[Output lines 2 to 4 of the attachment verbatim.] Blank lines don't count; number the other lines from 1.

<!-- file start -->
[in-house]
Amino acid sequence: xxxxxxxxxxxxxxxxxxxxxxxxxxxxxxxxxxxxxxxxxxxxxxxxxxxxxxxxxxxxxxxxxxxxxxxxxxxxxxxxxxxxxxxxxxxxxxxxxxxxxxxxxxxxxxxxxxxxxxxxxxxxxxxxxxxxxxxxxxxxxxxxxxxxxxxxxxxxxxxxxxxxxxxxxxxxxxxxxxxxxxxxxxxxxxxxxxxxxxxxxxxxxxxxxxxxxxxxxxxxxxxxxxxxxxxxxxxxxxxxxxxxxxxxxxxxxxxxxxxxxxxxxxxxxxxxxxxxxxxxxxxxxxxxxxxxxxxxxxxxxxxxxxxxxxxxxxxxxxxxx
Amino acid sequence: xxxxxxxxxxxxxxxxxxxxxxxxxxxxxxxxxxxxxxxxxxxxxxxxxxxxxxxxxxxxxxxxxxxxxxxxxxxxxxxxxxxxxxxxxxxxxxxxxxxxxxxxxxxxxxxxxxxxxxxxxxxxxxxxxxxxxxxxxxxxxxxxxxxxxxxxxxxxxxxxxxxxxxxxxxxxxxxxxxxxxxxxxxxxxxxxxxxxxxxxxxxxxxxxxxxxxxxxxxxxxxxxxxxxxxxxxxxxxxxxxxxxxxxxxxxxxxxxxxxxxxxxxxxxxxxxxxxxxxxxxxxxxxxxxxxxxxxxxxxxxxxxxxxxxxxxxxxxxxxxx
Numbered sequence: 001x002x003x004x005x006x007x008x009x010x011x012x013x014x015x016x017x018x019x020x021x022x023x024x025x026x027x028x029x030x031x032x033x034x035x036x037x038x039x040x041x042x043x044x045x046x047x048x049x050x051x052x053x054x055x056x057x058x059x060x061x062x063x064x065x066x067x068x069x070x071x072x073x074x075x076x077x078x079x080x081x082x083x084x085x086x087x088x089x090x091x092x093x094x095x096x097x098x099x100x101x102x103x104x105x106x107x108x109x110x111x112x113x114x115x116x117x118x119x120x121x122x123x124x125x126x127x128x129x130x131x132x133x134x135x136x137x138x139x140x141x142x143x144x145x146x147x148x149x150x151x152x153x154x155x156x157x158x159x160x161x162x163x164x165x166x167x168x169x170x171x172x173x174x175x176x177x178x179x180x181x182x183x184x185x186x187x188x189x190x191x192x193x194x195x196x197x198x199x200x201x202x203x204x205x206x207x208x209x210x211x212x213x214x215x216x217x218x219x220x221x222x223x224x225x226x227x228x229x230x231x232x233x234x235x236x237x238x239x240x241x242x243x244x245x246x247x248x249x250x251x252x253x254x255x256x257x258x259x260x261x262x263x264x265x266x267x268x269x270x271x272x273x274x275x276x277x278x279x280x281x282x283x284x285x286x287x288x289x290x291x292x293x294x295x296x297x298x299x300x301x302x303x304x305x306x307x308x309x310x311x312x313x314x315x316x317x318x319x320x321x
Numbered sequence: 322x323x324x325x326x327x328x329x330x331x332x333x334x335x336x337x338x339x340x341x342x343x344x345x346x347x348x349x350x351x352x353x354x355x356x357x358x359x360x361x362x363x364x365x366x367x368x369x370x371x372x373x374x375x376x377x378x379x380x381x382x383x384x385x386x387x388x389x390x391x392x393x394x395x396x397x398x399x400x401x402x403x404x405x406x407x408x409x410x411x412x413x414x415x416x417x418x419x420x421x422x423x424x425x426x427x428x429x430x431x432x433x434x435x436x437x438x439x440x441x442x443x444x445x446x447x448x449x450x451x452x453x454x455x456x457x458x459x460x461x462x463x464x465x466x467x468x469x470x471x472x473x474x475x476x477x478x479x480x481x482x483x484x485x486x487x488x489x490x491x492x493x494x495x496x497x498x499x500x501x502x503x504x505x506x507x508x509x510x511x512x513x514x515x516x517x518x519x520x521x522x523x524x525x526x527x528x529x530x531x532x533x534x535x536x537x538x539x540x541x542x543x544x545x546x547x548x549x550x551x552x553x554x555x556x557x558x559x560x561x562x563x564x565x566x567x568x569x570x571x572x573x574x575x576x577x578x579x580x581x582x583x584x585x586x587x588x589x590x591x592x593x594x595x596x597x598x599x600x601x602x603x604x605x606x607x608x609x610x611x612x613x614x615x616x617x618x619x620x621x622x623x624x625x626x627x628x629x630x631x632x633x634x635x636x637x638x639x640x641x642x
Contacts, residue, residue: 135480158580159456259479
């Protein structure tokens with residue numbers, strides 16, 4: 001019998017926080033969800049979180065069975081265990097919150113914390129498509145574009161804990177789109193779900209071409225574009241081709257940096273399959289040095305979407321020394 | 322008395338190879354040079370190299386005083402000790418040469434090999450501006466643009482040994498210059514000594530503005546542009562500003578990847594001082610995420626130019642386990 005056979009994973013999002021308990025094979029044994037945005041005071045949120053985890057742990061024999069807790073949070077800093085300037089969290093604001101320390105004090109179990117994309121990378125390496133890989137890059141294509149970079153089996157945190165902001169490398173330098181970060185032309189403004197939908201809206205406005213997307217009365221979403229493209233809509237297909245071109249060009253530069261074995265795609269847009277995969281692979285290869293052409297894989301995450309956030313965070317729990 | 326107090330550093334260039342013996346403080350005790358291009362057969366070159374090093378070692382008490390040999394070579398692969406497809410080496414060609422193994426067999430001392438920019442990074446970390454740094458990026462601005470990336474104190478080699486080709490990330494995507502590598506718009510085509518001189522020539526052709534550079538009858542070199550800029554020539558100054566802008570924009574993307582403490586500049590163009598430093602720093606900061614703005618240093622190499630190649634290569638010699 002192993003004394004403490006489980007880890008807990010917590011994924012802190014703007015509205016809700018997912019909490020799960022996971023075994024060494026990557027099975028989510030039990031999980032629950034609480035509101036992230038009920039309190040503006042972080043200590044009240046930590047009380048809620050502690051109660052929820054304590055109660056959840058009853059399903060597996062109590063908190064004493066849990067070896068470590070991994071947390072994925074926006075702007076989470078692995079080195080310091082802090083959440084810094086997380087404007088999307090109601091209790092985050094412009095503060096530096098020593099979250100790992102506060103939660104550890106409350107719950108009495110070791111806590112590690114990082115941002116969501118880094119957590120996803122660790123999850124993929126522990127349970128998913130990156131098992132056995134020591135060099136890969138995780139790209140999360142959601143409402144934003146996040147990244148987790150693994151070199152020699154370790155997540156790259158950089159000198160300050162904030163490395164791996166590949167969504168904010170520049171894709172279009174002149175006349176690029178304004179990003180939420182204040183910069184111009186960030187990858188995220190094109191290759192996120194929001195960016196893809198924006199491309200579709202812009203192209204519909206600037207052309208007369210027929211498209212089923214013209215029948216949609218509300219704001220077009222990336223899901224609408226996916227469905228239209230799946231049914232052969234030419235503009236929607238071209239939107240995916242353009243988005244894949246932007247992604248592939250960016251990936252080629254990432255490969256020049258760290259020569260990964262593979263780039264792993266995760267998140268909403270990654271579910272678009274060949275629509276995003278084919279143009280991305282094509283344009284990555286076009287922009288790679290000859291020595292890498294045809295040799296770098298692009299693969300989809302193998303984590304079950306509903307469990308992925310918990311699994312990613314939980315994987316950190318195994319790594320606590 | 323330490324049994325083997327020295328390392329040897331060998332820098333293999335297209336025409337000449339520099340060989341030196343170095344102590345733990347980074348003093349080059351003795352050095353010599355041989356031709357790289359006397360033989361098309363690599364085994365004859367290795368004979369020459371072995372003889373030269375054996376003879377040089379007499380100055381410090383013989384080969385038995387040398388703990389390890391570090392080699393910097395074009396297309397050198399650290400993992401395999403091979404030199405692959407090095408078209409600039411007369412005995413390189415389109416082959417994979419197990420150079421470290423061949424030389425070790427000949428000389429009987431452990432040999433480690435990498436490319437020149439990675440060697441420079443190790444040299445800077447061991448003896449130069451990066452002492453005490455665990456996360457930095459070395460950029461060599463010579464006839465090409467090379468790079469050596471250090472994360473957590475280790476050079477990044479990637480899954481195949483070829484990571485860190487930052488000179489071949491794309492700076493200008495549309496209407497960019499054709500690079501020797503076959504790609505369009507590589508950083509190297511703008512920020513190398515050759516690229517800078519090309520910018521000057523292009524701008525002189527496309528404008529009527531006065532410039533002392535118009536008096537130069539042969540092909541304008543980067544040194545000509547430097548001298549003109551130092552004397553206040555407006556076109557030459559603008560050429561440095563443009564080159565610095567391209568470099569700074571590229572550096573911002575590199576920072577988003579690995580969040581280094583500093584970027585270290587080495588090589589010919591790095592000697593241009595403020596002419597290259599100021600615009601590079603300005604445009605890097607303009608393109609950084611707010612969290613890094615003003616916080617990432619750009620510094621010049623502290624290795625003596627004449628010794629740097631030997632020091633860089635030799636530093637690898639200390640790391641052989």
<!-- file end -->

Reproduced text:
Amino acid sequence: xxxxxxxxxxxxxxxxxxxxxxxxxxxxxxxxxxxxxxxxxxxxxxxxxxxxxxxxxxxxxxxxxxxxxxxxxxxxxxxxxxxxxxxxxxxxxxxxxxxxxxxxxxxxxxxxxxxxxxxxxxxxxxxxxxxxxxxxxxxxxxxxxxxxxxxxxxxxxxxxxxxxxxxxxxxxxxxxxxxxxxxxxxxxxxxxxxxxxxxxxxxxxxxxxxxxxxxxxxxxxxxxxxxxxxxxxxxxxxxxxxxxxxxxxxxxxxxxxxxxxxxxxxxxxxxxxxxxxxxxxxxxxxxxxxxxxxxxxxxxxxxxxxxxxxxxxxxxxxxxx
Amino acid sequence: xxxxxxxxxxxxxxxxxxxxxxxxxxxxxxxxxxxxxxxxxxxxxxxxxxxxxxxxxxxxxxxxxxxxxxxxxxxxxxxxxxxxxxxxxxxxxxxxxxxxxxxxxxxxxxxxxxxxxxxxxxxxxxxxxxxxxxxxxxxxxxxxxxxxxxxxxxxxxxxxxxxxxxxxxxxxxxxxxxxxxxxxxxxxxxxxxxxxxxxxxxxxxxxxxxxxxxxxxxxxxxxxxxxxxxxxxxxxxxxxxxxxxxxxxxxxxxxxxxxxxxxxxxxxxxxxxxxxxxxxxxxxxxxxxxxxxxxxxxxxxxxxxxxxxxxxxxxxxxxxx
Numbered sequence: 001x002x003x004x005x006x007x008x009x010x011x012x013x014x015x016x017x018x019x020x021x022x023x024x025x026x027x028x029x030x031x032x033x034x035x036x037x038x039x040x041x042x043x044x045x046x047x048x049x050x051x052x053x054x055x056x057x058x059x060x061x062x063x064x065x066x067x068x069x070x071x072x073x074x075x076x077x078x079x080x081x082x083x084x085x086x087x088x089x090x091x092x093x094x095x096x097x098x099x100x101x102x103x104x105x106x107x108x109x110x111x112x113x114x115x116x117x118x119x120x121x122x123x124x125x126x127x128x129x130x131x132x133x134x135x136x137x138x139x140x141x142x143x144x145x146x147x148x149x150x151x152x153x154x155x156x157x158x159x160x161x162x163x164x165x166x167x168x169x170x171x172x173x174x175x176x177x178x179x180x181x182x183x184x185x186x187x188x189x190x191x192x193x194x195x196x197x198x199x200x201x202x203x204x205x206x207x208x209x210x211x212x213x214x215x216x217x218x219x220x221x222x223x224x225x226x227x228x229x230x231x232x233x234x235x236x237x238x239x240x241x242x243x244x245x246x247x248x249x250x251x252x253x254x255x256x257x258x259x260x261x262x263x264x265x266x267x268x269x270x271x272x273x274x275x276x277x278x279x280x281x282x283x284x285x286x287x288x289x290x291x292x293x294x295x296x297x298x299x300x301x302x303x304x305x306x307x308x309x310x311x312x313x314x315x316x317x318x319x320x321x